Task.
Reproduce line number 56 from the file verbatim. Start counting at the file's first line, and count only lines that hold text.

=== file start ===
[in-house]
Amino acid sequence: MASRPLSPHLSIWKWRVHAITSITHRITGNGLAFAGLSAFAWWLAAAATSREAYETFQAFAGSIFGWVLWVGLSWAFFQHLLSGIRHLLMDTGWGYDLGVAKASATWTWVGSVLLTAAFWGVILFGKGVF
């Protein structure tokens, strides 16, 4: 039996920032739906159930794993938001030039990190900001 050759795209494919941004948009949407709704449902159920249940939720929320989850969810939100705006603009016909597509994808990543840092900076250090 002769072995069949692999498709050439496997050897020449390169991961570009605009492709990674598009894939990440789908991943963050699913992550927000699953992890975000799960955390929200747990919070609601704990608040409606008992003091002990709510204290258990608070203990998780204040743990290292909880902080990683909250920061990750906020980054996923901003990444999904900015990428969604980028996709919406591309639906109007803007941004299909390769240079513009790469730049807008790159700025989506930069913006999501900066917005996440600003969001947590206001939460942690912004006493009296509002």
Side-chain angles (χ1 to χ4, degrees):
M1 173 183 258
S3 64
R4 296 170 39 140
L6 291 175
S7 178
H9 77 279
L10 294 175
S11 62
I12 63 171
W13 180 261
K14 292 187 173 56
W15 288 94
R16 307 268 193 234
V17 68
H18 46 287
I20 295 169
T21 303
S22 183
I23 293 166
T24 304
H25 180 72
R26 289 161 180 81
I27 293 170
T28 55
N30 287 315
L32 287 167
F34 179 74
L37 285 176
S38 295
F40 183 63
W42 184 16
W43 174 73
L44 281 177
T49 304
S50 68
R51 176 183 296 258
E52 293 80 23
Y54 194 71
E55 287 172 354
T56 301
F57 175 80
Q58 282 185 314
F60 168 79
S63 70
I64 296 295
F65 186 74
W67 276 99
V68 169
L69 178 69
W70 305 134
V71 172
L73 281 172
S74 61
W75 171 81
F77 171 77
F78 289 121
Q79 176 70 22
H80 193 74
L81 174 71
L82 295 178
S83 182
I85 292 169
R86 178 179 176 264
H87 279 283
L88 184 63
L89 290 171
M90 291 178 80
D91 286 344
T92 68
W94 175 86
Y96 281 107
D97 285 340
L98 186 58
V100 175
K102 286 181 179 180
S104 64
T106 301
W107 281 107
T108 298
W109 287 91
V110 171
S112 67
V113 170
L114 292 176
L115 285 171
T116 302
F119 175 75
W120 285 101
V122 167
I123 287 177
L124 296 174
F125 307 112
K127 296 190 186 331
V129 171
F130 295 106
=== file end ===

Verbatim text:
L73 281 172